March 9, 2013

Restored The Chase Included in Preservation Festival

The UCLA Film and Television Archive presents their annual Festival of Preservation this March, and on the schedule will be The Chase (1947), one of a handful of movies Peter Lorre made after leaving behind his lucrative years at Warner Bros.

The Chase will be shown on Sunday, March 10, 2013, on a double bill with High Tide, another noir movie from 1947. The program begins at 7 pm.

More information on the Festival, as well as a complete schedule, may be found on the UCLA Film and Television Archive website. The Festival of Preservation includes documentaries and television programs, as well as silent and sound movies. Silent movies will be accompanied by live music.

Tickets for The Chase / High Tide double feature are $9 general admission and $8 for non-UCLA students, seniors, and UCLA Alumni Association members. ID is required for students and Alumni Association members. Current UCLA students with ID are eligible for one free ticket to any Archive show.

General admission tickets may also be purchased on-line through the Festival website for $10 each. Tickets may be called for at the Billy Wilder Theater box office, which opens one hour before the first show.

The Festival will be held in the Billy Wilder Theater located at the Courtyard Level of the Hammer Museum, 10899 Wilshire Blvd, at the intersection of Wilshire and Westwood boulevards in the Westwood Village area of Los Angeles, CA. For more information, please call (310) 206-8013.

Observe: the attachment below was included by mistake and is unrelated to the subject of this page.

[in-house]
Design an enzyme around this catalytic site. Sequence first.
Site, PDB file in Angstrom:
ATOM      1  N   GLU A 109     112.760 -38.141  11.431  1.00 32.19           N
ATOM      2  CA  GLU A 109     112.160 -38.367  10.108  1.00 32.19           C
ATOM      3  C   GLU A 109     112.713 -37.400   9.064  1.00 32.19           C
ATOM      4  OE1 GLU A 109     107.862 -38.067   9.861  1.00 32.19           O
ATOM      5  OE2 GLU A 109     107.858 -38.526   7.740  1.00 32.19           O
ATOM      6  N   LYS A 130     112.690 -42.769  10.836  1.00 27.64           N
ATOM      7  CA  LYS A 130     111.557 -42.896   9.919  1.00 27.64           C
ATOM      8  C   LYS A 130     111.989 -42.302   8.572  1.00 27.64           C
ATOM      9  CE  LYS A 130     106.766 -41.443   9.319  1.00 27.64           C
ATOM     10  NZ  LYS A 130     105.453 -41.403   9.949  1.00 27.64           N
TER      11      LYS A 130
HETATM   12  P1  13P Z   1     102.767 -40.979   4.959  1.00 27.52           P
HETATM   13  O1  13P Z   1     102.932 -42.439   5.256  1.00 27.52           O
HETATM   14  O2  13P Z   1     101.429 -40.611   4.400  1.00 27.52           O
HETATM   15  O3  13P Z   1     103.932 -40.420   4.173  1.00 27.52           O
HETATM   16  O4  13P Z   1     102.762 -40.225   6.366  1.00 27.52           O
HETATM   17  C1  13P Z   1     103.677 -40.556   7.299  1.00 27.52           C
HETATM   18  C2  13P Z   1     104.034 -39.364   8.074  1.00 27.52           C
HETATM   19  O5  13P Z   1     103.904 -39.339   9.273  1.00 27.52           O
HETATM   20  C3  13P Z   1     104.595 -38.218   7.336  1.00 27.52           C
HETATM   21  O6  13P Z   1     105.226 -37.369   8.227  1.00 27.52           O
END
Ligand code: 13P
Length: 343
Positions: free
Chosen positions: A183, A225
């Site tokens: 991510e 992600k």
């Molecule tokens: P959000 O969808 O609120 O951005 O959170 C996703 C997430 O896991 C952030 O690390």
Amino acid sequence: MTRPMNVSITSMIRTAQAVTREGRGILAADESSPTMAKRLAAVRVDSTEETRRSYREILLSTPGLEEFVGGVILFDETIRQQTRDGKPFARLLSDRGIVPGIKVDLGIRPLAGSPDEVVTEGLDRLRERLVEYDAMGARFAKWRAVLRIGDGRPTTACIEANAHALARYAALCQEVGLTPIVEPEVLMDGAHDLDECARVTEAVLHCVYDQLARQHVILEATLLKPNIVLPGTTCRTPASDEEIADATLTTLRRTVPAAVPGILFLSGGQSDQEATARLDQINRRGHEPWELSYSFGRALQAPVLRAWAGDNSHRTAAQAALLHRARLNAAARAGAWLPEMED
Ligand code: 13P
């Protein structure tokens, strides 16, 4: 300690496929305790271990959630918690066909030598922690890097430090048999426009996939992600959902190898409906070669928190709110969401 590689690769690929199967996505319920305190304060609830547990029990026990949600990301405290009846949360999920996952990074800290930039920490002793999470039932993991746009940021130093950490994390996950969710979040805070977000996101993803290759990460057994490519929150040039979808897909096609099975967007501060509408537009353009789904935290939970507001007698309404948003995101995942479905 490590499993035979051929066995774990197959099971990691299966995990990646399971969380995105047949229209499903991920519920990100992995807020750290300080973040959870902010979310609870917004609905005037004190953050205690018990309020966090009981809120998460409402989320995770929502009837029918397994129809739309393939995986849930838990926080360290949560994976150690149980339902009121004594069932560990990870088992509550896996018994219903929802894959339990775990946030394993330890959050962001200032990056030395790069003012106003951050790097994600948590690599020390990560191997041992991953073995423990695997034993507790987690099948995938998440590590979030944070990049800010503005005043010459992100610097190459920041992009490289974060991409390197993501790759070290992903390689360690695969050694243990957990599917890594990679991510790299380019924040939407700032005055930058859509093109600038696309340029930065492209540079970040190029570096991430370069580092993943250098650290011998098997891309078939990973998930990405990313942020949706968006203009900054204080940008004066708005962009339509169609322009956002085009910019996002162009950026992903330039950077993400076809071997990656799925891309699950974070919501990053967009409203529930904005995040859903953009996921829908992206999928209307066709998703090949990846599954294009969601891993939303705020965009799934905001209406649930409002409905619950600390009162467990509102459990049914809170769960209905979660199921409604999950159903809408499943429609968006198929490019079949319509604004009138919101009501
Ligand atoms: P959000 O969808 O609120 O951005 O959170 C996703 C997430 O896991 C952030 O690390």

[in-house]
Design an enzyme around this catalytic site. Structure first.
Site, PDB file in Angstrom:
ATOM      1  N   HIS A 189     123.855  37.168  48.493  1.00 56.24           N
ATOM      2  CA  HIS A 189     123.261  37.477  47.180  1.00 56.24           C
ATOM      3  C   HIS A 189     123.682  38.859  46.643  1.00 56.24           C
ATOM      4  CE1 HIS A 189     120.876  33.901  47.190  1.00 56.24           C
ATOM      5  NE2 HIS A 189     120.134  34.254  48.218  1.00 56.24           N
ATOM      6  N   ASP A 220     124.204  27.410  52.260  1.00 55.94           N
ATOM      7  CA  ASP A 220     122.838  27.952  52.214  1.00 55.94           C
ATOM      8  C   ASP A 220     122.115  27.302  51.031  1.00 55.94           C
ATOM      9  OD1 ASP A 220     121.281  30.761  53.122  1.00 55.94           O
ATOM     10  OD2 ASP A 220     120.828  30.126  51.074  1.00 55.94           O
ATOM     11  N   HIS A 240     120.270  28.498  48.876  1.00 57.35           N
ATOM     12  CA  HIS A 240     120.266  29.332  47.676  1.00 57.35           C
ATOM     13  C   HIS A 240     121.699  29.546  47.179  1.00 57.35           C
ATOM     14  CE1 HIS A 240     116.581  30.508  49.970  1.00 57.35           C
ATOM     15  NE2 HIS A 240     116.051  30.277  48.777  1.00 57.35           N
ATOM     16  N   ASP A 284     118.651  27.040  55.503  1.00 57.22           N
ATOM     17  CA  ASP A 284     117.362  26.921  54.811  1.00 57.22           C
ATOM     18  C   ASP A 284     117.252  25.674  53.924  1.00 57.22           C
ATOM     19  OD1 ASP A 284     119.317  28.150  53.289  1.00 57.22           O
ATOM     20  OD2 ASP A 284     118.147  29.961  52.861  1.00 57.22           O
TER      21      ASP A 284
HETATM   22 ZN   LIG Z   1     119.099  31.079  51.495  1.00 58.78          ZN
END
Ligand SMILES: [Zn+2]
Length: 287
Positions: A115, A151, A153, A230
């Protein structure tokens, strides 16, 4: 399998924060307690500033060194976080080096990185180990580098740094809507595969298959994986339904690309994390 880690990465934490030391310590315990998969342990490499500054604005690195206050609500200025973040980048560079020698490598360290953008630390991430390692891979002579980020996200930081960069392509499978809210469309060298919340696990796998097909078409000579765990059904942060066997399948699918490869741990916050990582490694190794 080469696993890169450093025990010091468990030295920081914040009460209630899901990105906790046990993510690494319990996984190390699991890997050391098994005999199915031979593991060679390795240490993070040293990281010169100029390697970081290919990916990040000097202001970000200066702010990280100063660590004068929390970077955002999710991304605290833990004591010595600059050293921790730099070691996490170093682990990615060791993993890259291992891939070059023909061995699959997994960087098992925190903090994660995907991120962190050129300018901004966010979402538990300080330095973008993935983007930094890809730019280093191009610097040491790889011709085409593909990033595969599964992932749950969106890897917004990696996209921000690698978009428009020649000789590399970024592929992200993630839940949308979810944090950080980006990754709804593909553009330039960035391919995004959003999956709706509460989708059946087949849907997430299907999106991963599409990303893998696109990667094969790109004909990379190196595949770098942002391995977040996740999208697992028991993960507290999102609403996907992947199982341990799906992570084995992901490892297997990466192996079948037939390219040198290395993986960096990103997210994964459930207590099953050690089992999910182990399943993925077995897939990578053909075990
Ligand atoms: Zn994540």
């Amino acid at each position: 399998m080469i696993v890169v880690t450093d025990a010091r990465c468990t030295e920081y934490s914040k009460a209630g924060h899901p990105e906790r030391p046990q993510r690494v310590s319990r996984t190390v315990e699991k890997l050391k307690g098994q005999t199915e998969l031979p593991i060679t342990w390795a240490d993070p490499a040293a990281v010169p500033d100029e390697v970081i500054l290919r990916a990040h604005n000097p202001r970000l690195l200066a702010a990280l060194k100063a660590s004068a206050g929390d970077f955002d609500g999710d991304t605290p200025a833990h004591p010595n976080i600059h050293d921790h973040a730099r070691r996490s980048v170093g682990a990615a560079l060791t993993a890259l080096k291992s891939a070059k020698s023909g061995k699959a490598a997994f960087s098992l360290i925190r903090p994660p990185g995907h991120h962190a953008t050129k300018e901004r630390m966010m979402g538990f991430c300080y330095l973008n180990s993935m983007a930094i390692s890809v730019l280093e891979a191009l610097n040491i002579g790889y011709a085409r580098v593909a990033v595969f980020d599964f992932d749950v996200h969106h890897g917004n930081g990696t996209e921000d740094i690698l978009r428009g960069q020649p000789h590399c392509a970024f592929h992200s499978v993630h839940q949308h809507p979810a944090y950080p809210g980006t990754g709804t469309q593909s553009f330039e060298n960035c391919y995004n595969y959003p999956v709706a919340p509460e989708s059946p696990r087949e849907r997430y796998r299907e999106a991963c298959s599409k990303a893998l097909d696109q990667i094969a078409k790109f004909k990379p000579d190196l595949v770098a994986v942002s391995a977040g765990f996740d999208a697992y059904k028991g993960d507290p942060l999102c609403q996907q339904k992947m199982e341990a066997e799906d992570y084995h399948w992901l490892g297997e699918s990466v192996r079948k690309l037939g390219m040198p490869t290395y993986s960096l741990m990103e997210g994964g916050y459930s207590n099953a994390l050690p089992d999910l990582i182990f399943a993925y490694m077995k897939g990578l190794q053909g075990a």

Parking is available in the lot under the Billy Wilder Theater. Enter the lot from Westwood Blvd., just north of Wilshire. Parking for the disabled is provided on levels P1 and P3. On Saturdays and Sundays, the fee is a flat rate of $3. More information about parking may be found on the Festival webpage.

The Hammer Museum is also easily reached by public transportation.

Restoration of The Chase was completed by UCLA Film and Television Archive preservationist Nancy Mysel, who passed away in 2012. The print was preserved from various incomplete 35mm nitrate prints and 16mm acetate picture and track negatives.

Billy Wilder, the Hungarian writer and director for whom the venue is named, was 19 when he knew the equally young Peter Lorre in Berlin, where each began his career in theater and film. For Stephen Youngkin’s book The Lost One: A Life of Peter Lorre (2005), Wilder reminisced about Peter Lorre, their escape from Germany to Paris after the rise of Adolf Hitler and the Nazis, and their journey to America and the film studios of Hollywood.

The popular internet story about Peter and Billy sharing rooms in Hollywood? Just a story with no basis in fact. Peter traveled to California with his wife Celia Lovsky, whom he married in London during a break in filming The Man Who Knew Too Much. The contract Peter held with Columbia Studios enabled the couple to rent a house in Santa Monica soon after their arrival in Los Angeles.

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